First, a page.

In spite of being rich in raw materials, Bolivia is the third poorest country in the Americas, largely dependent upon the export of raw materials. Its favorable contracts with the then “bourgeois left” governments of Hugo Chavez in Venezuela and Luis Ignacio Lula da Silva in Brazil allowed Bolivia to enjoy a high GDP growth. Bank profits in the country soared, even as Bolivia managed to reduce its extreme poverty rate from 37.6 percent to 16.8 percent.
Still, 40 percent of Bolivia’s population lives in poverty and it remains one of the most socially unequal countries of the Americas.
The global capitalist crisis and the corresponding decline in prices for commodity exports pulled the rug out from under the “pink tide” governments, which were also undermined by rampant corruption, economic mismanagement and pressure from US imperialism favoring more pliant right-wing regimes.
The fortunes of Morales have gone into decline as natural gas prices have fallen and the Bolivian people’s living standards have deteriorated. In August 2010, a 19-day strike paralyzed Potosi—a region rich in minerals. The year ended with the elimination of fuel subsidies, which created inflationary pressures. The government’s promotion of agribusiness interests at the expense of the country’s native population also served to alienate what had been a reliable base for Morales.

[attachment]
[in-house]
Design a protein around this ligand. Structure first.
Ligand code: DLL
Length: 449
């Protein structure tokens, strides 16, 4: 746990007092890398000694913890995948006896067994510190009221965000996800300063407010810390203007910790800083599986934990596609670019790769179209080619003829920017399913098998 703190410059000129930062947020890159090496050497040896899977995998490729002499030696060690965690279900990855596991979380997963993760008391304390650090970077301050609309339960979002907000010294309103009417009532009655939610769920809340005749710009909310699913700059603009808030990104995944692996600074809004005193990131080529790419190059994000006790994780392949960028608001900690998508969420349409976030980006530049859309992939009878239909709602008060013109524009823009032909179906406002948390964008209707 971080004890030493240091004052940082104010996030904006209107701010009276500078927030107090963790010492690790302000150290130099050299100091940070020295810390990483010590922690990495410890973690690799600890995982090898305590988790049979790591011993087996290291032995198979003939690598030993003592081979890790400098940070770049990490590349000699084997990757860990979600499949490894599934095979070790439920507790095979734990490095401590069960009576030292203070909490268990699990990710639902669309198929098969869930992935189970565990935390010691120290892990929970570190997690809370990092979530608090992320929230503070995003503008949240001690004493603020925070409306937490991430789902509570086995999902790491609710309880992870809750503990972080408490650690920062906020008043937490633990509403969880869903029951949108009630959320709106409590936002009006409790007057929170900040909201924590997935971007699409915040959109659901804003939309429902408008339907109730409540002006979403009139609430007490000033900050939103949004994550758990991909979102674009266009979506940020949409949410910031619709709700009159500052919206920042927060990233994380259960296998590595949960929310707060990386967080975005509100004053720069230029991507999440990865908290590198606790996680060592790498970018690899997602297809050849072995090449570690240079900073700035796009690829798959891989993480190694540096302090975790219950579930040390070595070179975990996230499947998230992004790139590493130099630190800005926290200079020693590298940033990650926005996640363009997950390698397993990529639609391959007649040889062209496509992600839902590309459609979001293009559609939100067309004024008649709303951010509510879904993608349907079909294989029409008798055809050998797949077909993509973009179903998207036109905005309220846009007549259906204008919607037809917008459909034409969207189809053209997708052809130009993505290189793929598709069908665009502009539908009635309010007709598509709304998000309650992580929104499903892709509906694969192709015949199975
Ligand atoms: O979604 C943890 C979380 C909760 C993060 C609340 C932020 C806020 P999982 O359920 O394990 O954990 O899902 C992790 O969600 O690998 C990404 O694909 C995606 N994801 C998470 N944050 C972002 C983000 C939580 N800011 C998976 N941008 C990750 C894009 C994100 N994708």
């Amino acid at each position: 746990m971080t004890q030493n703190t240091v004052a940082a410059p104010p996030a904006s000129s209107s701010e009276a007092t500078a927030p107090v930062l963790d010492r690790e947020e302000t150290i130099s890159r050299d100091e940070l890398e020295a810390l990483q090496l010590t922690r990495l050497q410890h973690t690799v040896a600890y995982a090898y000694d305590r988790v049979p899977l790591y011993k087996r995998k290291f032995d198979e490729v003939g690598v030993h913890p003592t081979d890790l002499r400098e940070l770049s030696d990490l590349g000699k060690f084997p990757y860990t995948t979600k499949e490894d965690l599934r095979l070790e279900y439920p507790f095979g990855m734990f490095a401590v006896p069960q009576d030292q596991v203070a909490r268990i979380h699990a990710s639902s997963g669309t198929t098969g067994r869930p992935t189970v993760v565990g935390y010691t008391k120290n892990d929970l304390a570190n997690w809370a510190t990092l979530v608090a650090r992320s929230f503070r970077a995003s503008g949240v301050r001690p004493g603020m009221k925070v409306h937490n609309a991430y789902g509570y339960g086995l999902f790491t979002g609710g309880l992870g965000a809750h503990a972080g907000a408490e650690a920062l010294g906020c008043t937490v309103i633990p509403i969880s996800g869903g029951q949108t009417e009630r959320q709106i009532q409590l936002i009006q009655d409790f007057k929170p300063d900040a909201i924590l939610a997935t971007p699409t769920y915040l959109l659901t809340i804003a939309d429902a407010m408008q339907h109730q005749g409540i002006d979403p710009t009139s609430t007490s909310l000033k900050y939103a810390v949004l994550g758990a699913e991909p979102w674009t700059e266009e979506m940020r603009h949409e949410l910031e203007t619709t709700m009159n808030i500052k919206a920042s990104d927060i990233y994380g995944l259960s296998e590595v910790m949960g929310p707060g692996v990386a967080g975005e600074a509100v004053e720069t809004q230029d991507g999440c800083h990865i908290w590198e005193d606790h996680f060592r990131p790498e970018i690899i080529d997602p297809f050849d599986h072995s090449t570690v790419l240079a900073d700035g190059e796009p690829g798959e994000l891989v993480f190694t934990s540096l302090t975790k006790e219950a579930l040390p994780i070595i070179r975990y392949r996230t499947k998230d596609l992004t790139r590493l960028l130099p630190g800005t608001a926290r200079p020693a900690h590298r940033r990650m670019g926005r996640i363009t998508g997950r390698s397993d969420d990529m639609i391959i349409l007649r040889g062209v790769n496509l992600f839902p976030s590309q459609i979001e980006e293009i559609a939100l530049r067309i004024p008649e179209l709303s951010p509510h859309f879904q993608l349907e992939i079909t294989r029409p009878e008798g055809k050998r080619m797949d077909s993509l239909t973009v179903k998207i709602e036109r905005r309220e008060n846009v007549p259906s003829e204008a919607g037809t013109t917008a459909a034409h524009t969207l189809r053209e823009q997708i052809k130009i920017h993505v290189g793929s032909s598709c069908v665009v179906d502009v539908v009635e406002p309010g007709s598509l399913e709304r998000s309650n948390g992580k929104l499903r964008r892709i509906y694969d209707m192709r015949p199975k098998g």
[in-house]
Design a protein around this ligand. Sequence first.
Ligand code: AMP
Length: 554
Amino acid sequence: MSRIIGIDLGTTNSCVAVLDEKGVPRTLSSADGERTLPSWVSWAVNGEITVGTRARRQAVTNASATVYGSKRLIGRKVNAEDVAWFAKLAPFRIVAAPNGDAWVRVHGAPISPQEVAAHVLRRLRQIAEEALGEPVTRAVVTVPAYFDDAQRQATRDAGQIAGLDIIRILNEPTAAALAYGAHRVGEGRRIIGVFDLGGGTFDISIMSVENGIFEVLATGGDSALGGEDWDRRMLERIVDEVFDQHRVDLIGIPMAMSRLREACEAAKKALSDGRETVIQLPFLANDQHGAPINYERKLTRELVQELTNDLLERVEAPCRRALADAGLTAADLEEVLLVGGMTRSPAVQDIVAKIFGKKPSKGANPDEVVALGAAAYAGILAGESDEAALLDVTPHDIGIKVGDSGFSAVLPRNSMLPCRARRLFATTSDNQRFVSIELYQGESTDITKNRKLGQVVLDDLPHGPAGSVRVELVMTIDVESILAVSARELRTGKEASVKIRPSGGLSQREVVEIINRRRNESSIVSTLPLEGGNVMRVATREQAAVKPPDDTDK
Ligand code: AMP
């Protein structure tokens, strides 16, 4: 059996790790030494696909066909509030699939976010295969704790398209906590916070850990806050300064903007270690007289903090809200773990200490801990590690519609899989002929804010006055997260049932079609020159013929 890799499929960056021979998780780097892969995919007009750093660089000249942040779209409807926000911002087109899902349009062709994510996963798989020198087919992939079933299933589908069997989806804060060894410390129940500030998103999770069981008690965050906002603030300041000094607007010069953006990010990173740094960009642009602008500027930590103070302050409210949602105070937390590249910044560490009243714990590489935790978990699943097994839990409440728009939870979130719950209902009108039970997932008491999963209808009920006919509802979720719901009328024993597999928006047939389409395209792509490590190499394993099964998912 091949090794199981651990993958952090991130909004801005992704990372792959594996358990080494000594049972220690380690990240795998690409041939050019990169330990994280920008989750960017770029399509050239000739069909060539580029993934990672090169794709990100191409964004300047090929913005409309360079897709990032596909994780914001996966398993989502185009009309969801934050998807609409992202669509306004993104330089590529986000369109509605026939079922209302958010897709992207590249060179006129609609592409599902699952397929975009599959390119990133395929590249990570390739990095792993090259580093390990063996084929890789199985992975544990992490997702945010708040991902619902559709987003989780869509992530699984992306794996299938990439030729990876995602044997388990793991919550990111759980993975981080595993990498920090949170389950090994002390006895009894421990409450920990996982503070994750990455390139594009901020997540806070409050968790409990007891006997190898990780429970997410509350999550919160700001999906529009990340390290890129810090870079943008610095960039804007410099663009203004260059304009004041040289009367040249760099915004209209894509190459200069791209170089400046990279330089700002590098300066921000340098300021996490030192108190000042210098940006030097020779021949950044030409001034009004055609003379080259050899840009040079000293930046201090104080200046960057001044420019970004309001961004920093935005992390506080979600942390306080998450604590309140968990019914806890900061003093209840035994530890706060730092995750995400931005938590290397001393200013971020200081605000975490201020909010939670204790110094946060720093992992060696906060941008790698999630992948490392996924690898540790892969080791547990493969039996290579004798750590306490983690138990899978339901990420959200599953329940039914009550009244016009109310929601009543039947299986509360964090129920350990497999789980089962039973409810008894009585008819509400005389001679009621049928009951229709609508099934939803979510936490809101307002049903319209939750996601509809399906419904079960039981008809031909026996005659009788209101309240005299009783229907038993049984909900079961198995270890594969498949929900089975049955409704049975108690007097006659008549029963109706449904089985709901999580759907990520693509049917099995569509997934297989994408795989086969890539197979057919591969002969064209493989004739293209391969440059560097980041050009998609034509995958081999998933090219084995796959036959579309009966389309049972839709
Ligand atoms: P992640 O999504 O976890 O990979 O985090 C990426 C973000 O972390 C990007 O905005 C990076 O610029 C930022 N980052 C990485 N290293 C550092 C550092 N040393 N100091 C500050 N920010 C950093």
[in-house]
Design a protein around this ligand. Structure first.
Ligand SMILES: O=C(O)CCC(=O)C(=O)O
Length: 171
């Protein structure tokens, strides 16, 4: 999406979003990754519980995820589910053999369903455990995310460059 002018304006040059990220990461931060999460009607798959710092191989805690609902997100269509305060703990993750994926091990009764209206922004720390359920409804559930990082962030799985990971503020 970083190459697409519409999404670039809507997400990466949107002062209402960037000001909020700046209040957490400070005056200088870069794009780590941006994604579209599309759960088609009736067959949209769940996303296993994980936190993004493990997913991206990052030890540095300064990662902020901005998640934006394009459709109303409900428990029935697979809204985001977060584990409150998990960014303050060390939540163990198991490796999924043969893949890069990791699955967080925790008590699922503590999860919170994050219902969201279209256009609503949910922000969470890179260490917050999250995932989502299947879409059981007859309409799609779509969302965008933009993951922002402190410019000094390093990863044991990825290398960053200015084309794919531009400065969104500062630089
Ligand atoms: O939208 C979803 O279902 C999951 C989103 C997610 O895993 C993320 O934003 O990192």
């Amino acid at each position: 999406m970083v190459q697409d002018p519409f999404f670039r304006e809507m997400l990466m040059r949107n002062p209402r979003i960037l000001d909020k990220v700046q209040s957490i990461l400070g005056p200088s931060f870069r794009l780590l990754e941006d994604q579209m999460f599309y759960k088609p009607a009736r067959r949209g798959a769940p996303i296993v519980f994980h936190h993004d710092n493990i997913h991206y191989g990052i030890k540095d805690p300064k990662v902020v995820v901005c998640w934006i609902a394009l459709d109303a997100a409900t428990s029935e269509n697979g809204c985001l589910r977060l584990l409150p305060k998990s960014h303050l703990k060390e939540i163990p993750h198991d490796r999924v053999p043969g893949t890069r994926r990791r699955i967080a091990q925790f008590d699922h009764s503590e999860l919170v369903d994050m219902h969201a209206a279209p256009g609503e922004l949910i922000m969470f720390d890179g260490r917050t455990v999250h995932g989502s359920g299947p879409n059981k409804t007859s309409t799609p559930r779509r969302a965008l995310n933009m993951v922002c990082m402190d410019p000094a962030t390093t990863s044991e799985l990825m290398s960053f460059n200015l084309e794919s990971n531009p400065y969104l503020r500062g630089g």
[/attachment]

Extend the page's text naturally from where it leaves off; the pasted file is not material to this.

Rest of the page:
President Morales described the protests last Thursday as a failure, claiming that not more than 5,000 people participated, clearly a gross underestimate of the popular hostility to his bid to remain in power.
Activists, including UMSA (Universidad Mayor de San Andres), teachers, medical personnel, unions and indigenous organizations, demonstrated in the Abaroa square in front of the national office of the TSE, facing off with hundreds of police.
El Diario reported: “Protesters threw garbage, eggs and firecrackers at the doors of the electoral body, with the troops responding with tear gas. The police took over the plaza, and in the afternoon some 300 troops in riot gear reinforced the contingent.”
The road blockades succeeded in stopping 80 percent of economic activity in La Paz, affecting private banking, commerce, markets, universities and other daily activities.
El Alto, situated six miles from La Paz. is the second largest city and a traditional stronghold of the Bolivian working class. Marches coming from all parts of Bolivia converged in El Alto. They were received with applause, water and food.
According to La Razon Digital, demonstrators “gave a deadline of 72 hours to the members of the TSE, as of Monday,…[to] disqualify the candidacy of President Evo Morales…or else they would start an indefinite hunger strike throughout Bolivia, accompanied by vigils.”
The protest in the city of Santa Cruz de la Sierra, generally a stronghold of anti-Morales forces, was large, with the Civic Committee Pro Santa Cruz bringing the city to a standstill. The events included protesters blocking roads and clashing with members of the ruling party, MAS.
The protests also largely succeeded in shutting down eight other major cities: La Paz, Oruro, Santa Cruz, Tarija, Cochabamba, Potosí, Chuquisaca and Beni.